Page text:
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COMMONWEALTH v. WILSON (11/23/71)

decided: November 23, 1971.

COMMONWEALTH
v.
WILSON, APPELLANT



Appeal from order of Court of Common Pleas, Trial Division, of Philadelphia, June T., 1966, No. 1402, in case of Commonwealth of Pennsylvania v. Thomas Wilson.

COUNSEL

Marshall E. Kresman, for appellant.

Milton M. Stein, Assistant District Attorney, James D. Crawford, Deputy District Attorney, Richard A. Sprague, First Assistant District Attorney, and Arlen Specter, District Attorney, for Commonwealth, appellee.

Wright, P. J., Watkins, Montgomery, Jacobs, Hoffman, Spaulding, and Cercone, JJ. Concurring Opinion by Spaulding, J. Hoffman, J., joins in this concurring opinion. Concurring Opinion by Cercone, J.

Author: Per Curiam

[ 220 Pa. Super. Page 133]

Order affirmed.

Disposition

Order affirmed.

Concurring Opinion by Spaulding, J.:

Appellant Thomas Wilson was convicted of assault and battery with intent to ravish and related offenses, by the Honorable Joseph L. McGlynn, Jr., of the Court of Common Pleas of Philadelphia, sitting without a jury. The most damaging evidence against appellant was the testimony of Mrs. Agnes Mallatratt Douglas, then a technician with the Philadelphia Police Department, who testified that a thread from the assault victim's dress was found on appellant's clothing -- that microscopic examination revealed that it was identical in color, thickness, and twist to embroidery on the victim's shift. In Commonwealth v. Alston, 430 Pa. 471, 243 A.2d 404 (1968), the Commonwealth has stipulated that this witness lied in all cases in which she testified that she had completed a course in forensic laboratory diagnosis at Temple University. This is one of the cases where the evidence that Agnes Mallatratt had lied about her academic qualifications was not discovered until after trial.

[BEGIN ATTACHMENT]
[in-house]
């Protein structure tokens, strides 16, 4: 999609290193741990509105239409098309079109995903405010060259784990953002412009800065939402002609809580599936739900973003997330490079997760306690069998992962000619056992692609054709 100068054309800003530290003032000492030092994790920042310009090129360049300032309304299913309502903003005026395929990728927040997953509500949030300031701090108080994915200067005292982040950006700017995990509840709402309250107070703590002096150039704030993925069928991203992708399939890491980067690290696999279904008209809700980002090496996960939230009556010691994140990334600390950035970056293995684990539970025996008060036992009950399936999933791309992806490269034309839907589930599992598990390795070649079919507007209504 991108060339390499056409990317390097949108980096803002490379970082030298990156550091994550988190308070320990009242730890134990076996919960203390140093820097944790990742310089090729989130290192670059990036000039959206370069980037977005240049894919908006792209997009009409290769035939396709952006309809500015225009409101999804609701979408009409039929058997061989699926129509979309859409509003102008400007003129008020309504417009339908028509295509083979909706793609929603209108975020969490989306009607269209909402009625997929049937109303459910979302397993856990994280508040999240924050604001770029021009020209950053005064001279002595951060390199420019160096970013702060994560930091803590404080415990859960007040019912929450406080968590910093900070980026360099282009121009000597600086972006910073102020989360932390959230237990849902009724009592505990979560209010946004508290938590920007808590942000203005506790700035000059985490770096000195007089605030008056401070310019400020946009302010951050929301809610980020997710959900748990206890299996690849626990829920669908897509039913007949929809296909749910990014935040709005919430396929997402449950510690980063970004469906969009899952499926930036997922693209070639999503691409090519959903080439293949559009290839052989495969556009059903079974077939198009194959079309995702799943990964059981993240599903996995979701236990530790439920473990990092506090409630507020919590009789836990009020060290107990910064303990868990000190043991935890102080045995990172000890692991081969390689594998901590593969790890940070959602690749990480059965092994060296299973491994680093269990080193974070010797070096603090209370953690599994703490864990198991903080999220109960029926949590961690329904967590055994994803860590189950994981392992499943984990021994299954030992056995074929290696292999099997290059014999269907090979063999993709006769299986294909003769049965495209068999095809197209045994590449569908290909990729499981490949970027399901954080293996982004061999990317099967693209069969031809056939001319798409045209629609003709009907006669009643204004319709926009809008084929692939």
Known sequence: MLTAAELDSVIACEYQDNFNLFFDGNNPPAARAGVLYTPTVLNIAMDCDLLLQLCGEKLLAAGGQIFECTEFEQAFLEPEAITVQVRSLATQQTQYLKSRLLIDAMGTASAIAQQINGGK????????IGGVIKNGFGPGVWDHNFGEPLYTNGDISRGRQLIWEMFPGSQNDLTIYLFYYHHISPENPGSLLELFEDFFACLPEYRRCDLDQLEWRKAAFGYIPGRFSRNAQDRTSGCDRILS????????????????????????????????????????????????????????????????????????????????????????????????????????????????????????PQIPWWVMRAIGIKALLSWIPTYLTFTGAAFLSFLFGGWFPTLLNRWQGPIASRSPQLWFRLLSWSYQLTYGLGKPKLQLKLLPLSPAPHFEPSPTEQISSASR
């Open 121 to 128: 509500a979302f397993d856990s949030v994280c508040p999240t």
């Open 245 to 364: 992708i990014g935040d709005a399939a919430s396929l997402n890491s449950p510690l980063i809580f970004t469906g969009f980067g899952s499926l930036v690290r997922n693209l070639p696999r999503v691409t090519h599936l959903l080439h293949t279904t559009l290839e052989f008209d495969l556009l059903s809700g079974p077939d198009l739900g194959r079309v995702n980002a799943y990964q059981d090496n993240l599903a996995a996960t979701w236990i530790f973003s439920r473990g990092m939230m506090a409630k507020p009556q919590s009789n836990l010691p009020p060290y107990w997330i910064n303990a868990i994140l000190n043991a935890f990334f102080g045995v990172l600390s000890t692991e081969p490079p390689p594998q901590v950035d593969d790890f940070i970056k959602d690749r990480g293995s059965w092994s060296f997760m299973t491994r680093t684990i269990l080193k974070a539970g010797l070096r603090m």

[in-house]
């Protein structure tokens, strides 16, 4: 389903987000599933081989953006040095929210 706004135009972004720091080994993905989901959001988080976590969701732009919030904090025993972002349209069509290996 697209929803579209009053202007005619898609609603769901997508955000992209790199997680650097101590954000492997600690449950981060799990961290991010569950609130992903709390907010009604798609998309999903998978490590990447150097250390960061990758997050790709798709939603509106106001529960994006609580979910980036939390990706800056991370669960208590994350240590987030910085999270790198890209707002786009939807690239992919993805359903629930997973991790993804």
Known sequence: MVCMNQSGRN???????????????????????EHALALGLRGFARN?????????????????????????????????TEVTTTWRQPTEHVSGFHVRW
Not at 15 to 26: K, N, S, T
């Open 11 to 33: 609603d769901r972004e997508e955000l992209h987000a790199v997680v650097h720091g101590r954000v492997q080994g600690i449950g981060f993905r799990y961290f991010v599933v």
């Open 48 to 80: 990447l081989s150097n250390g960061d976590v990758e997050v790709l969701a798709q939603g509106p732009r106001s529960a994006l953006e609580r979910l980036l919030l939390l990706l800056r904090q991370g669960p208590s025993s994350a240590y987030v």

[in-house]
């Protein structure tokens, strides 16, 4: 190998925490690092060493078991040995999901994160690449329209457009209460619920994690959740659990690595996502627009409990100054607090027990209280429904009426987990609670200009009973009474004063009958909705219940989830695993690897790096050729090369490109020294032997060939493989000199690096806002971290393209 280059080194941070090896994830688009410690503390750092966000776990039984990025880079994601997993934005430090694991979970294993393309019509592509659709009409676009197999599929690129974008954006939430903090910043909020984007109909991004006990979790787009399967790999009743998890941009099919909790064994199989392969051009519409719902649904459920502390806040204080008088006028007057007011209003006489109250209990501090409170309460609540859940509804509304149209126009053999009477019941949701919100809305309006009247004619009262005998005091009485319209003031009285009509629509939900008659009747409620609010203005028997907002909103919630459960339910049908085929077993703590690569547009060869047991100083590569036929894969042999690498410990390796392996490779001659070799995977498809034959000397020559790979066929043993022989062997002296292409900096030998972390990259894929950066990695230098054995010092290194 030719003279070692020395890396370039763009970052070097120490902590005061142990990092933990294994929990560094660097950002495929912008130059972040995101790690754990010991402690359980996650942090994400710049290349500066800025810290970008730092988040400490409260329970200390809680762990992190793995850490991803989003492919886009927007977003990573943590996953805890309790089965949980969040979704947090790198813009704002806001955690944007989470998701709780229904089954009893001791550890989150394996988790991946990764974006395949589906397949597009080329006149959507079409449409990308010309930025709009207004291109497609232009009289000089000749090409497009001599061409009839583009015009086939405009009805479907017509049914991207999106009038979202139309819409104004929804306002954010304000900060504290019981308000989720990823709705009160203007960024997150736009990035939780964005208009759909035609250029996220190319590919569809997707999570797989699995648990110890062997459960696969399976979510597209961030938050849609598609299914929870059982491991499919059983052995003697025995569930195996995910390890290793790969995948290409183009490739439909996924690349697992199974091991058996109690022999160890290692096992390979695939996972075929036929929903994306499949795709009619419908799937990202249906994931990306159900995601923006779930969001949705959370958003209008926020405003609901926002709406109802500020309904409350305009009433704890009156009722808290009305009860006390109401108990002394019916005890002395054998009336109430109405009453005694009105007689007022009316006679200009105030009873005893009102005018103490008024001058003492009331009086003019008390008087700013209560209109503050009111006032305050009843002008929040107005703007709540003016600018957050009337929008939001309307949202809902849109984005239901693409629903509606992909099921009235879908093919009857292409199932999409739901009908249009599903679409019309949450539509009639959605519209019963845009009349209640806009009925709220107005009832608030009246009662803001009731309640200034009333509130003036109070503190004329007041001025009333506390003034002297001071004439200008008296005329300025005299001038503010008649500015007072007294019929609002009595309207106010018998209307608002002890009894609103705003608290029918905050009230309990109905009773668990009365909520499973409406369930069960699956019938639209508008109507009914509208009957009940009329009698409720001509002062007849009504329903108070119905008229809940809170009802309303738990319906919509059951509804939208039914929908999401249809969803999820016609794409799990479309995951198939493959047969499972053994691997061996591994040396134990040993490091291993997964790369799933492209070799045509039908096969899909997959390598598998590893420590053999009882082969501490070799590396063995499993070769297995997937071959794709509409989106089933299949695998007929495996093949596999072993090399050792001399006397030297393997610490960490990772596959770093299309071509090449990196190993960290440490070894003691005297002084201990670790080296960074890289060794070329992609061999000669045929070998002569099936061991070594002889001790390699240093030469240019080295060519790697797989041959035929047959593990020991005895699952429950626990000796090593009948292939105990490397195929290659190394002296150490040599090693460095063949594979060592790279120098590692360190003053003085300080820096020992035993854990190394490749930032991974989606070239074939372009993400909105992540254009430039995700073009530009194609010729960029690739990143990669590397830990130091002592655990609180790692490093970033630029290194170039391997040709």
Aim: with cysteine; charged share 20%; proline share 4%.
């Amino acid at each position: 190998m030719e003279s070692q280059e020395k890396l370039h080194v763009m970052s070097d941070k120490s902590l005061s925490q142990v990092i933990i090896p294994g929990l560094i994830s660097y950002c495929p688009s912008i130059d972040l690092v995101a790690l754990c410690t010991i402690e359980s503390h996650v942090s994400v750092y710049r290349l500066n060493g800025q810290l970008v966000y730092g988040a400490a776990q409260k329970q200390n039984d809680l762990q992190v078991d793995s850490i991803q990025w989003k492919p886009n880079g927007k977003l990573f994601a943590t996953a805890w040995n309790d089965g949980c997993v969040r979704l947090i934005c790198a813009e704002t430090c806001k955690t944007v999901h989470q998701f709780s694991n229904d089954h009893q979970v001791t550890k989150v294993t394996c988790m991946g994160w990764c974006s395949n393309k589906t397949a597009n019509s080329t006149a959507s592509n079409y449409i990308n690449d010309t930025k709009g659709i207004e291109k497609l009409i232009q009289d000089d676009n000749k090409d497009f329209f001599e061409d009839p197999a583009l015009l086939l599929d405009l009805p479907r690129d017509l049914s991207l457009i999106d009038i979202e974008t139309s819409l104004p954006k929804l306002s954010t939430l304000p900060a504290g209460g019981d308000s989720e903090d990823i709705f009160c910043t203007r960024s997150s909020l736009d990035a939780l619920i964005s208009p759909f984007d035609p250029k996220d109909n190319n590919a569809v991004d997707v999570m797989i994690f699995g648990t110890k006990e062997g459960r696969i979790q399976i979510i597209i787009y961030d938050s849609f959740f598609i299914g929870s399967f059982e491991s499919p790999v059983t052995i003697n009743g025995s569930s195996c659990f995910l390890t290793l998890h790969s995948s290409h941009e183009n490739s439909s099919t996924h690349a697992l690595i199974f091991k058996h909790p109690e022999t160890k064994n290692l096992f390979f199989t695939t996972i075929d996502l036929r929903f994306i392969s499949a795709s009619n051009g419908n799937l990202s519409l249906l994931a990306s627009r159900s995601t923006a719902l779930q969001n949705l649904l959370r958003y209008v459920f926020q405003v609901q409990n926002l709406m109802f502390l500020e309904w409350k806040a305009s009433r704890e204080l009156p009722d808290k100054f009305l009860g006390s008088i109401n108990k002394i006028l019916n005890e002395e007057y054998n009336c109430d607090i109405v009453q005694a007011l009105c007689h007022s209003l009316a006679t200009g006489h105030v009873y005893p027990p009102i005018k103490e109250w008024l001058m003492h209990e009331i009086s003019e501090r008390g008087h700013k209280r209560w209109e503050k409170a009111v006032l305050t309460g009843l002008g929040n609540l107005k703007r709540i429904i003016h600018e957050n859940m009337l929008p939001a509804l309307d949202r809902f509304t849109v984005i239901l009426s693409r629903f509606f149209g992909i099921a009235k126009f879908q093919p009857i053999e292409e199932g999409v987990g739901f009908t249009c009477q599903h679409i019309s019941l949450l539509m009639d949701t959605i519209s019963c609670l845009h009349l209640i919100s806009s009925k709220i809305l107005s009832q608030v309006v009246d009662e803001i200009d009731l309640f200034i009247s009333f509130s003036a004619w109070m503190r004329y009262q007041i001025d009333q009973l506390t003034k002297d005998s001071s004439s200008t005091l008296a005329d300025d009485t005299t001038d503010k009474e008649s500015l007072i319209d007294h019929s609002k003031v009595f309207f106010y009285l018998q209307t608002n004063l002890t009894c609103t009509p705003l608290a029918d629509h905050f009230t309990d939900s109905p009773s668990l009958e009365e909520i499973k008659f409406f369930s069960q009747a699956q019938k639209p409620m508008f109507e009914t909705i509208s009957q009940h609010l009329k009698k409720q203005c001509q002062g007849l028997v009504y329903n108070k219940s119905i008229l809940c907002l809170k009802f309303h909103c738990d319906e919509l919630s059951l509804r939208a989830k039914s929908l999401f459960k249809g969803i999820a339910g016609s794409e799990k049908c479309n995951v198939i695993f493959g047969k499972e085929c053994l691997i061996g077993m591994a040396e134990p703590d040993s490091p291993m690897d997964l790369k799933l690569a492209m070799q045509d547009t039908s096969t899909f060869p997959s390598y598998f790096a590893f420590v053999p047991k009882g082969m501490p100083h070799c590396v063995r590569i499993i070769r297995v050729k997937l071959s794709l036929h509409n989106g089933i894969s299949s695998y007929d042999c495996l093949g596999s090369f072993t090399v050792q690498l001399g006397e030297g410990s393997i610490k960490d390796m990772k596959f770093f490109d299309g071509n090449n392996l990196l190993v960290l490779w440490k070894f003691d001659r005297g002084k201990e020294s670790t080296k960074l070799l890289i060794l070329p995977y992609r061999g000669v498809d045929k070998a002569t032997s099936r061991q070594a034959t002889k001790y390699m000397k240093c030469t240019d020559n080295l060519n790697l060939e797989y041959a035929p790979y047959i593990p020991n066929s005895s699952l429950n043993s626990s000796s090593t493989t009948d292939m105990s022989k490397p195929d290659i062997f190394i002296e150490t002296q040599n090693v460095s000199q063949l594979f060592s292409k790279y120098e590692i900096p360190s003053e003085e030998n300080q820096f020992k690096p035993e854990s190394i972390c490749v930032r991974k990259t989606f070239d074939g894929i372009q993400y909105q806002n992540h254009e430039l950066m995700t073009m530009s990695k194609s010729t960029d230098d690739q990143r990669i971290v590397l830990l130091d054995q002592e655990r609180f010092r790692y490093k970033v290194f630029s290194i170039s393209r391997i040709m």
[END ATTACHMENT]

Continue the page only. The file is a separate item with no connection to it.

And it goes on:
Commonwealth v. Mount, 435 Pa. 419, 257 A.2d 578 (1969), which considered those cases in which Mallatratt testified before it was revealed that she had perjured herself as to her qualifications as an expert, is controlling here. In reversing a conviction because of this witness' testimony, the Court, per Justice Jones, stated: "The inherent difficulty in this case is that the court below assumed Miss Mallatratt's qualifications.

[ 220 Pa. Super. Page 134]

. . . Even though Miss Mallatratt lacked the necessary theoretical and academic background for accreditation as a laboratory technician, it may well be that the practical experience gained over a long period of years in laboratory work did qualify her to make proper and sound laboratory findings. However, the record in ...


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